Her work often pushes the limits of her body, exploring issues of personal privacy, and female identity. Through her actions in front of an audience, she is developing her own language to cross the barriers of social prejudice and pressure."
Ha's work never fails to shock and discomfit the audience, forcing them to move beyond social norms that most of our daily lives are bound by. She forces people to rethink and re-imagine, and by that yardstick, her work is effective, if controversial, in a society where social taboos abound.
In her latest performance, Ha went several notches up on the shock factor.
Introducing a basin filled with dried pig skins, the 35-year-old artist deliberately and repetitively ironed each of the pieces. Then, she squeezed them and put them on her bare face, arms and legs. Fumes rose as Ha then ironed the pig skins that covered her flesh, fusing them to her skin. Then, not distracted by screams from the audience, some of whom covered their eyes with their hands, she peeled the scalded skin off. She calmly repeated the routine and ended the show with a modest bow to the viewers. The performance lasted nearly an hour.
Predictably, online forums were soon abuzz with comments on her work. There was some praise, some attempts to understand, several dismissals and outright denunciations.
While recording the performance was not allowed, some photos were taken and leaked, bringing a wider audience into the debate.
"I think she wants to show the similarity in the preciousness of life of animals and humans. Pigs are also scared when we slaughter them. Every living creature has emotions. Ha did nothing much, but I think she's talking about the importance of life. Her collecting and wrapping the bits of skins reminds us to respect every creature born," said a blogger nicknamed trieulong0902.
Dong Ha, editor with a film company, said that this type of art is for oddballs with weird tastes, not for the majority.
Dao Anh Khanh, a renowned installation and performance artist, told Dat Viet newspaper that Ha's show, which can be seen as self-mutilation, was not the first in Vietnam.
"This kind of performance usually includes violence to highlight the act and shock the audience. I was also frightened when watching Le Ngoc Thanh and Le Duc Hai, experimental artists, piercing their ears with needles and sewing their noses. I observe, but do not intend to participate in these kinds of performances. It is true that just the artists suffer [as a result of the performances], but I do not encourage it."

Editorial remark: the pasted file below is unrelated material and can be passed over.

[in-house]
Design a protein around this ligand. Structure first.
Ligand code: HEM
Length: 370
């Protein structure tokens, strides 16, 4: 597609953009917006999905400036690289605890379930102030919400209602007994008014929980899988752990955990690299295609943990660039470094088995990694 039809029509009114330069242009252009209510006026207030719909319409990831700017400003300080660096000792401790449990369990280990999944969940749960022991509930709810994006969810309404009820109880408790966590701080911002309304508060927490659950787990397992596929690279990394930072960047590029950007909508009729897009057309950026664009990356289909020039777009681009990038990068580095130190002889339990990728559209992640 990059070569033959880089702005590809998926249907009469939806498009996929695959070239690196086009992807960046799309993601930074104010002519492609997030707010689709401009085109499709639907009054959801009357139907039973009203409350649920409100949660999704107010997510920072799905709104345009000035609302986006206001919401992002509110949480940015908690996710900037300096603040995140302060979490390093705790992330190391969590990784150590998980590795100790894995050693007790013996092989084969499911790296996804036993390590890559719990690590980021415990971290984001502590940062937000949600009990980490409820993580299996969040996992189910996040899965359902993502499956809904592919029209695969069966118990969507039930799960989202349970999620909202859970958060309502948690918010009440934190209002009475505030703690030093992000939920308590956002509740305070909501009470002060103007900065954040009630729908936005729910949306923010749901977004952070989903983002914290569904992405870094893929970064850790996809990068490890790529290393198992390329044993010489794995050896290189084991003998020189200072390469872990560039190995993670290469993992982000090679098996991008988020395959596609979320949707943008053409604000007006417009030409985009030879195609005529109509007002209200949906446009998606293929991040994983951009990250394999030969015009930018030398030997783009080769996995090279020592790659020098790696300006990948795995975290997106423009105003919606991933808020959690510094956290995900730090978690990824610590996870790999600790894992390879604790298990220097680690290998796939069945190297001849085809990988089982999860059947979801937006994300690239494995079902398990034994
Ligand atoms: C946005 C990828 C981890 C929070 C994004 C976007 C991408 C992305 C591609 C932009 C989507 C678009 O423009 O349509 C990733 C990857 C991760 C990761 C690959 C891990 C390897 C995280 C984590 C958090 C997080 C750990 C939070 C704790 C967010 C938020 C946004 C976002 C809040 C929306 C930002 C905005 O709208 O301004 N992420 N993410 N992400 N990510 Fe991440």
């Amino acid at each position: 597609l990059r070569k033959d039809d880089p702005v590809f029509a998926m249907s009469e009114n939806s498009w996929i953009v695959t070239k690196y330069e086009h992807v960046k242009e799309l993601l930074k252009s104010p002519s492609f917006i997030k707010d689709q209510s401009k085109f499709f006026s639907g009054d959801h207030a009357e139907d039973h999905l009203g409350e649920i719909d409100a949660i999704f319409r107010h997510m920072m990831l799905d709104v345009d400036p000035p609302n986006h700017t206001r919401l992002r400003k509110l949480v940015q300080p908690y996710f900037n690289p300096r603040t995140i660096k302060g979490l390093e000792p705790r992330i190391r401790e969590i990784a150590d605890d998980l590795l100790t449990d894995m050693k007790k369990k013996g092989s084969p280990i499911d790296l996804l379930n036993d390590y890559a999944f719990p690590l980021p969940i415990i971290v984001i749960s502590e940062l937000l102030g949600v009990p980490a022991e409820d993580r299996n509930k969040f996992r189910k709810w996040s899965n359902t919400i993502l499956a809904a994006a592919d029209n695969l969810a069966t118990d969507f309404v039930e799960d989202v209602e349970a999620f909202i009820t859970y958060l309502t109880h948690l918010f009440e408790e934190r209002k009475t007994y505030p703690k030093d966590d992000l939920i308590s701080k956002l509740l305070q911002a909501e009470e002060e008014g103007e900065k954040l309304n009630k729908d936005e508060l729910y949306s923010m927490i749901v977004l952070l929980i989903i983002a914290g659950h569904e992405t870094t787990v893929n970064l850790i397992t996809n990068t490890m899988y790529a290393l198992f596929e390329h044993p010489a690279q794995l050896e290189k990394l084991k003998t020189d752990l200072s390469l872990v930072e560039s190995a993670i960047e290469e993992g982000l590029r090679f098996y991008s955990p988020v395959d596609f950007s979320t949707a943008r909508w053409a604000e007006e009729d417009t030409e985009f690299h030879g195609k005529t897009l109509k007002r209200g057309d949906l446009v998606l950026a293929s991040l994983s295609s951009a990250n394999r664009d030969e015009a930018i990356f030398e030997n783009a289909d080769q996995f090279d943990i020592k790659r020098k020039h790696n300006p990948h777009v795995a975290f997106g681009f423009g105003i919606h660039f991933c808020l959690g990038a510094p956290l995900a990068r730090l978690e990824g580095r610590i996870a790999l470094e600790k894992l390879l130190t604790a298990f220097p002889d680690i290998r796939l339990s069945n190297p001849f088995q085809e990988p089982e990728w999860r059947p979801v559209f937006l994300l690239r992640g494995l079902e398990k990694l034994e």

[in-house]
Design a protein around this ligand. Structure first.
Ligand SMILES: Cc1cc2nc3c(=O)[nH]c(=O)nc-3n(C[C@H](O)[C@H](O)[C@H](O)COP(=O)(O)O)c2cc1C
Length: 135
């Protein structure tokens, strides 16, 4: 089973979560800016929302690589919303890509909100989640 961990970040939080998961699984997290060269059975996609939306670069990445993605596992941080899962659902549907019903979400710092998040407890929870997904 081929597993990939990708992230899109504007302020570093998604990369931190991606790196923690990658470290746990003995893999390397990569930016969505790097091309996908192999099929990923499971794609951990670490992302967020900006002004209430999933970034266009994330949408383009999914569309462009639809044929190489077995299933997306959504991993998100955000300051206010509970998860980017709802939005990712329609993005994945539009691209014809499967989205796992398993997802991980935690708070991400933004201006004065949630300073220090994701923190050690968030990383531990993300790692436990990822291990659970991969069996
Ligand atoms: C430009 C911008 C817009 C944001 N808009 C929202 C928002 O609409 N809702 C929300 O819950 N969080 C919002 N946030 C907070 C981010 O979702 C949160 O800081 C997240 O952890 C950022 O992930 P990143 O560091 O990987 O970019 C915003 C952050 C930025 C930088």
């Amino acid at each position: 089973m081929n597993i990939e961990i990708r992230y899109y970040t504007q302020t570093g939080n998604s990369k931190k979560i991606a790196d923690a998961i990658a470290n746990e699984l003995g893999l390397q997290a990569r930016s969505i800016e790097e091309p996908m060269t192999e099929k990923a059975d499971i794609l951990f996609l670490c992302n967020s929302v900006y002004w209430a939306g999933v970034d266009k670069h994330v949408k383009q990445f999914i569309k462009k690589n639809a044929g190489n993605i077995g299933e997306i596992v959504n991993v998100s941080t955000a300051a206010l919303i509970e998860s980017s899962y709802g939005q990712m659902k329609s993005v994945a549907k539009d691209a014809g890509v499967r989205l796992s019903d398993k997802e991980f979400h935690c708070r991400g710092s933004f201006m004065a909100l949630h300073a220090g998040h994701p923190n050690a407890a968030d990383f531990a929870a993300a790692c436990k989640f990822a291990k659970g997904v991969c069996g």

Installation artist and painter Ngo Luc told Thanh Nien only Ha can explain her shocking performances. He pointed to more terrifying shows like the ones by Chris Burden, an American performance artist who nailed himself to the back of a Volkswagen in 1974 and, in another, got his assistant to shoot him in the arm.
Vietnamese artist Rich Tran also used a razor to carve his head, resulting in blood flowing down his face, Luc said, adding, "We should not call Ha's show or similar shows a form of self-mutilation, because there is no rule for standard for agony or pain. The artists have breaking ideas, and they want to express them.
"Even death is nothing to fear. The most important thing to contemplate is whether we should hurt ourselves or not. The defining feature of post-modern art is to help viewers to think freely. The experience of the artist creates meaning in their work. It is also dependent on the artist's confidence, to help them pursue their target and face harsh criticism. If you really want to do it, just do it," he said.
For himself, Luc said he did not get the message that Ha was trying to convey with her performance.
"I was neither scared nor impressed. Maybe we have to meet Ha and get her explanation."
Ha has not yet made any public comment about her act.
Rumors say that she is worried that her presentation will cause trouble for the Nha San Studio for causing a public stir.
The Phap Luat (Law) newspaper commented in an article that Ha's performance will affect the audience members' thoughts and actions. Intentionally or otherwise, Ha's performance can exacerbate the tendency to inflict self-harm that affect those struggling with depression, it said.
Ha herself has said that her work is about removing her own inhibitions as much as anything else.
In comments to a newspaper about her previous performance, Ha explained that the act of taking all her clothes off set her free from a complex about own body. In an act called "Fly Away," she removed all her clothes, poured glue on herself and covered herself with feathers. Then, after miming flying motions, she released a live bird from her mouth.
Three years ago, she baked penis-shaped bread and invited the audience to eat them, and took photographs of people holding the bread.
She explained on a website (original in English): "In Vietnam if you mention a man or woman's private parts, it is considered blasphemous. When a sexual issue is raised, most native Vietnamese are embarrassed. To them private parts are regarded as dirty and ugly, and sex is considered shameful. Vietnamese women are perhaps those who suffer the most when it comes to sex. They are not in an active position. They have to wait and keep silent. They cannot shout out loud when having sex. Women are expected to be submissive and to preserve their virginity until marriage.
"Speaking out against what is traditionally expected of me as a woman, I have chosen to use the penis as a powerful symbol for what is considered taboo in Vietnamese society. I have created a series of penis as loaves of bread that will hopefully inspire viewers to consider these issues."